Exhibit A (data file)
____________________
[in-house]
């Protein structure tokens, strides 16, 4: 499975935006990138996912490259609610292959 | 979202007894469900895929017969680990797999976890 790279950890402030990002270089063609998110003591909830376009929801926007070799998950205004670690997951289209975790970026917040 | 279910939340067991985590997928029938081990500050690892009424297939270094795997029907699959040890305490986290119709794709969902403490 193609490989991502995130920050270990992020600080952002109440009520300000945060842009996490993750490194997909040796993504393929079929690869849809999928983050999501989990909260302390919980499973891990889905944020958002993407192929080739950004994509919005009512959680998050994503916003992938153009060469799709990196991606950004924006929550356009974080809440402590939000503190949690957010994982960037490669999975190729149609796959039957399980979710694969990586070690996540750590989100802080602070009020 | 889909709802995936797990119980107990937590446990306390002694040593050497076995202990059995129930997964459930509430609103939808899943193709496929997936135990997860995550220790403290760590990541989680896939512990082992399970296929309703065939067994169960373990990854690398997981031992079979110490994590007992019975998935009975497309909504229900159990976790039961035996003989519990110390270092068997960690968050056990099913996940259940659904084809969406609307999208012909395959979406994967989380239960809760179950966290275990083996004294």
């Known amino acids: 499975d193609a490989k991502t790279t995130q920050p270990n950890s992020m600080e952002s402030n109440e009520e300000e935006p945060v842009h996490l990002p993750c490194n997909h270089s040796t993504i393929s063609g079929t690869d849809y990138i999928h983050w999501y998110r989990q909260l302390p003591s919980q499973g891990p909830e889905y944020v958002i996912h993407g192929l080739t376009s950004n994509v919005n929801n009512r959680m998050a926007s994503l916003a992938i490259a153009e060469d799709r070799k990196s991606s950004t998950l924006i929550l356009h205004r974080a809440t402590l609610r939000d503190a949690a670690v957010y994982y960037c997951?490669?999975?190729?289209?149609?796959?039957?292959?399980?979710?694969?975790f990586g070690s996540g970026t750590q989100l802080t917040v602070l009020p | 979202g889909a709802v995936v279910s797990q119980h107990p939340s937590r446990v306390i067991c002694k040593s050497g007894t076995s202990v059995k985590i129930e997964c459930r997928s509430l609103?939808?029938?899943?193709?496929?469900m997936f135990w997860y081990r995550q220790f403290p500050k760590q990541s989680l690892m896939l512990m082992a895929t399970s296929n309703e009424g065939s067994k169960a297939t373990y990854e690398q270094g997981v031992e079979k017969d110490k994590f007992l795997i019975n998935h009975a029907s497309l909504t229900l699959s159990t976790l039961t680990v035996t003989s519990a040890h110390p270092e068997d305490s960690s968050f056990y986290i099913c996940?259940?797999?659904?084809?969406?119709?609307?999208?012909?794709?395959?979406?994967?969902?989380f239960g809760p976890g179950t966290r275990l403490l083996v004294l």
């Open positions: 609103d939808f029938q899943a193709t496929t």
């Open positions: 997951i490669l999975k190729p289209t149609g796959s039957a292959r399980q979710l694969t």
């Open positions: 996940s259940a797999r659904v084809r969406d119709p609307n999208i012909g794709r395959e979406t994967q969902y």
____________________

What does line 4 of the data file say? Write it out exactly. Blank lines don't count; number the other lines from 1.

């Open positions: 609103d939808f029938q899943a193709t496929t």